• We did not see the green room. With the band setting up, our tour of the actual ballroom was not in-depth. We were just thankful to get inside, thanks to Mark. Randy knows way more about vocal artists and songs than I do. The pictures turned out OK. As you know, it’s really difficult to photograph inside the ballroom. Maybe if I’d had more time and a lot more light…

      • Beth Ann Says:

        I thought that was where you got the signature picture — the green room. It is very difficult to take pics there either during the event or during the day. But you did a great job. Thanks for showing so much love for Clear Lake.

      • Oh, maybe this room is called the Green Room. But, if I recall correctly, the walls are all painted white. Maybe the name Green Room has nothing to do with its color. Obviously, I am confused.

      • Beth Ann Says:

        Yes— that is it. A “green room” in the entertainment industry is the place the performers/guests hang out before the show. I am sure there is a reason why it was initially called that— I need to check with my friend, Mr. google.

      • Thank you for clarifying. I just learned something new today. Mr. Google is quite helpful, isn’t he?

  3. Dan Traun Says:

    That is quite a section of memory lane and collection of tributes. I’d like to visit this site someday. Rich and amazing history there. I am by no means musical either, but do have an interest in music history. So much has changed in this industry (like most other industries) and I find myself curious of the past and how things came to be. These artists are a bit before my time, but not out of my wheelhouse of interest. Thanks for sharing. Great stuff.

    • Oh, I’m pretty certain bands from your time period have played at the Surf. From what Mark told us, many artists really want to say they’ve performed here. And it’s not always musicians. Comedians, too, like Louie Anderson.

  4. Almost Iowa Says:

    The Surf Ballroom is one of the last of a dying breed. They were popular during the Big Band era when couples used to dance (together). I recall The Prom in Saint Paul, The Majestic in Cottage Grove, The Bel Rae in Mound, The Arcadia and Marigold in Minneapolis.

    • You’re right. And many a couple met on the dance floor, including my parents. In my home area, there was the Blue Moon Ballroom in Marshall. My younger siblings attended many a dance there until fire destroyed the building. I believe my youngest sister may have cried upon hearing the news.

  5. Deepa Says:

    I am not into that much musical history. But the description and the photos are truly inspirational, thanks.

  6. Katy Flint Says:

    You’re absolutely right…there is something very special that you feel when you step into the Surf! We are so lucky to have it as a part of North Iowa!! Glad you enjoyed your visit!

  7. Wow, what a neat photo tour.

  8. Littlesundog Says:

    I remember my mom talking about that tragic loss, felt around the world. I had no idea the Surf Ballroom was their last performance. I would love to visit this place – your photographs made me realize FD and I would love to visit. Nicely done, Audrey!

    • Thank you. I really knew nothing about the Surf until recently, when my friend Beth Ann, who lives in neighboring Mason City, blogged about it.

      Buddy Holly and crew were on a 24-day Winter Dance Party Tour 1959 when they arrived in Clear Lake. The cities of Duluth, St. Paul, Montevideo and Mankato, Minnesota; Green Bay, Eau Claire, Milwaukee and Kenosha, Wisconsin; and Davenport, Fort Dodge and Clear Lake, Iowa, were stops on that tour. They’d been traveling on a drafty bus and Holly’s drummer even suffered frostbitten feet. Holly decided to charter a plane from Clear Lake to Fargo/Moorhead for their next performance. The plane crashed not far from the Mason City Municipal Airport.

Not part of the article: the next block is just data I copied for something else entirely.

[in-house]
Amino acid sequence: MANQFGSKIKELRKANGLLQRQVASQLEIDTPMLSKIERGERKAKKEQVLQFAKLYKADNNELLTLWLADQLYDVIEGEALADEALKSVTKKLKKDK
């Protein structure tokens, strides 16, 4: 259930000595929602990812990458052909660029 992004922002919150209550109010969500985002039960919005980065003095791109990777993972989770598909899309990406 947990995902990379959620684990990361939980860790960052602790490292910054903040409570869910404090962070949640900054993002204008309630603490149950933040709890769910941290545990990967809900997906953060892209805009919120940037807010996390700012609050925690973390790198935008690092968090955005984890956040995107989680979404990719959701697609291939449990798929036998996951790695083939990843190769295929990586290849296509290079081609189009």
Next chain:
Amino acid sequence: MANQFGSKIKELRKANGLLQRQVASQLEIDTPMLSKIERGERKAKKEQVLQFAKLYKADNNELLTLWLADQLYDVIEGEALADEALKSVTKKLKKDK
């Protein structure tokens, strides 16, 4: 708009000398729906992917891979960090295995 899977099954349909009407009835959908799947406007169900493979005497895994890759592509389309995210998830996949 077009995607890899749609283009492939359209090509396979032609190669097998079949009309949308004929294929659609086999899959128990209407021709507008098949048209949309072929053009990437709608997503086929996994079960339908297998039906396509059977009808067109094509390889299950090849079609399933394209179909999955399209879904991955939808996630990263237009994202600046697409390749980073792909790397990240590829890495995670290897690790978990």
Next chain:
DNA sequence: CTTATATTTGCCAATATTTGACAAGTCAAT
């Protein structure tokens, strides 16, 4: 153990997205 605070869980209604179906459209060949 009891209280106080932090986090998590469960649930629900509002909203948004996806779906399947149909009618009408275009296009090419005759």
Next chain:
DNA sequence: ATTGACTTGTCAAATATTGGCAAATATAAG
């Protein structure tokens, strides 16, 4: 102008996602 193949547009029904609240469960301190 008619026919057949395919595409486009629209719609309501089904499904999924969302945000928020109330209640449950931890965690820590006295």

9. What an interesting place! I love signed walls like that. So cool to peruse.

  10. hotlyspiced Says:

    As soon as I read the title of this post I wondered if this was the venue for that final concert of three very talented and so, so, young musicians. Great post, Audrey, and I’m so glad the venue is still there. Amazing how that guy from security has been working there for so long! Have you seen the musical, ‘The Buddy Holly Story’? We’ve seen it a couple of times and it’s fabulous – until we get to the really sad part! xx

  11. Andrea Says:

    The photo of the guitar has Dierks Bentley’s signature on it. Just about any artist you can think of has played the Surf. Now, they do it to play on the same stage so many music icons have played. Some treat it with the same reverence as the Ryman Auditorium in Nashville. But not just country artists, either. It’s just a really cool place. If you get a chance to ever tour it, or see a show there, do it! you won’t regret it!

    My grandparents lived in Clear Lake since 1963. in 1994, my mom moved back to her home town. I’m so lucky my kids have this great town to visit and tour. it’s very safe and clean and we all enjoy our time there.

  12. Sue Ready Says:

    Interesting tidbits about the ballroom. Your photos and taglines made me feel like I actually had stepped into this historic place. Thanks for the stroll down memory lane.

  13. Sandra Van Erp Says:

    Super report! I’ve considered a weekend jaunt, never quite seem to get it done. Interesting to read the other posters “list” from the era. It was special. I remember Mom speaking of their era before their 1933 wedding, they had a long courtship…during the prohibition. Glad I lived through another “era”. Glad to see the current owners have done a tasteful job of preserving the day the music truly did die for R&R, followed by Elvis’ death. The Surf’s ownership has had quite a journey. https://www.surfballroom.com/timeline.html…and almost didn’t survive. Thanks so much for this post.

  14. Sandra Van Erp Says:

    Also a r-e-a-l-l-y nice honor the FSHS choir director just received too!